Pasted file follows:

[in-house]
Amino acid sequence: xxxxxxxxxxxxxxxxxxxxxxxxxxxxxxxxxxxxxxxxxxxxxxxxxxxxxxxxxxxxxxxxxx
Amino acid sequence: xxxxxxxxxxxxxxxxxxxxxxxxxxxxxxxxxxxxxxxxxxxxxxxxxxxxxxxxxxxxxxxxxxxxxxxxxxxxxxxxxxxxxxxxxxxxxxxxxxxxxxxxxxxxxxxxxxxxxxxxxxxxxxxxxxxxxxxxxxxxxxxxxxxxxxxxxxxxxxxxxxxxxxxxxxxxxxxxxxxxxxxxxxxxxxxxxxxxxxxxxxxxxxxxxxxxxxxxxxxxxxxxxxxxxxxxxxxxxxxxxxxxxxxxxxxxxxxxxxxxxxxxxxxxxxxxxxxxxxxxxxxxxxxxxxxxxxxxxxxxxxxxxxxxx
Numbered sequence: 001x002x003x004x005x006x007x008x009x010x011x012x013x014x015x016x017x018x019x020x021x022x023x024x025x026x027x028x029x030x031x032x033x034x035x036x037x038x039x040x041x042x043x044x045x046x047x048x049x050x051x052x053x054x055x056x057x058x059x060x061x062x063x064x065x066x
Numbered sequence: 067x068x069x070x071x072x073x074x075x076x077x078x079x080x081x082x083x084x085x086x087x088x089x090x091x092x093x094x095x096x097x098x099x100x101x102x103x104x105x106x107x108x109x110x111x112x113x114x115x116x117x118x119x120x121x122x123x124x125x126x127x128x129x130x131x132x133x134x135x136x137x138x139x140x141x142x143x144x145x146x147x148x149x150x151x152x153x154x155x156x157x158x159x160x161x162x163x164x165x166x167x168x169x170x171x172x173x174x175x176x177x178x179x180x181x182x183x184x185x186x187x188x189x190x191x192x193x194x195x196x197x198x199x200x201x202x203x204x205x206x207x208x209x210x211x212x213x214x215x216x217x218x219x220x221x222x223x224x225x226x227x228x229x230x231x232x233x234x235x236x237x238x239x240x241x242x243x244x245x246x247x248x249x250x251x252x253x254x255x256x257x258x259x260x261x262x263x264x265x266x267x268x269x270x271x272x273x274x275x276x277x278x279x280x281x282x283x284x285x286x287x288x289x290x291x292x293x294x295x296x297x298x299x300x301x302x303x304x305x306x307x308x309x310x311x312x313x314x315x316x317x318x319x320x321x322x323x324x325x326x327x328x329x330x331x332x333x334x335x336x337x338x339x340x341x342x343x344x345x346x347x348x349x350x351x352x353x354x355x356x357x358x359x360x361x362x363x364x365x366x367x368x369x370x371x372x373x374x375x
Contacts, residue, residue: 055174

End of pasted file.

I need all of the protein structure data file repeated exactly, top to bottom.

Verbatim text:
[in-house]
Amino acid sequence: xxxxxxxxxxxxxxxxxxxxxxxxxxxxxxxxxxxxxxxxxxxxxxxxxxxxxxxxxxxxxxxxxx
Amino acid sequence: xxxxxxxxxxxxxxxxxxxxxxxxxxxxxxxxxxxxxxxxxxxxxxxxxxxxxxxxxxxxxxxxxxxxxxxxxxxxxxxxxxxxxxxxxxxxxxxxxxxxxxxxxxxxxxxxxxxxxxxxxxxxxxxxxxxxxxxxxxxxxxxxxxxxxxxxxxxxxxxxxxxxxxxxxxxxxxxxxxxxxxxxxxxxxxxxxxxxxxxxxxxxxxxxxxxxxxxxxxxxxxxxxxxxxxxxxxxxxxxxxxxxxxxxxxxxxxxxxxxxxxxxxxxxxxxxxxxxxxxxxxxxxxxxxxxxxxxxxxxxxxxxxxxxx
Numbered sequence: 001x002x003x004x005x006x007x008x009x010x011x012x013x014x015x016x017x018x019x020x021x022x023x024x025x026x027x028x029x030x031x032x033x034x035x036x037x038x039x040x041x042x043x044x045x046x047x048x049x050x051x052x053x054x055x056x057x058x059x060x061x062x063x064x065x066x
Numbered sequence: 067x068x069x070x071x072x073x074x075x076x077x078x079x080x081x082x083x084x085x086x087x088x089x090x091x092x093x094x095x096x097x098x099x100x101x102x103x104x105x106x107x108x109x110x111x112x113x114x115x116x117x118x119x120x121x122x123x124x125x126x127x128x129x130x131x132x133x134x135x136x137x138x139x140x141x142x143x144x145x146x147x148x149x150x151x152x153x154x155x156x157x158x159x160x161x162x163x164x165x166x167x168x169x170x171x172x173x174x175x176x177x178x179x180x181x182x183x184x185x186x187x188x189x190x191x192x193x194x195x196x197x198x199x200x201x202x203x204x205x206x207x208x209x210x211x212x213x214x215x216x217x218x219x220x221x222x223x224x225x226x227x228x229x230x231x232x233x234x235x236x237x238x239x240x241x242x243x244x245x246x247x248x249x250x251x252x253x254x255x256x257x258x259x260x261x262x263x264x265x266x267x268x269x270x271x272x273x274x275x276x277x278x279x280x281x282x283x284x285x286x287x288x289x290x291x292x293x294x295x296x297x298x299x300x301x302x303x304x305x306x307x308x309x310x311x312x313x314x315x316x317x318x319x320x321x322x323x324x325x326x327x328x329x330x331x332x333x334x335x336x337x338x339x340x341x342x343x344x345x346x347x348x349x350x351x352x353x354x355x356x357x358x359x360x361x362x363x364x365x366x367x368x369x370x371x372x373x374x375x
Contacts, residue, residue: 055174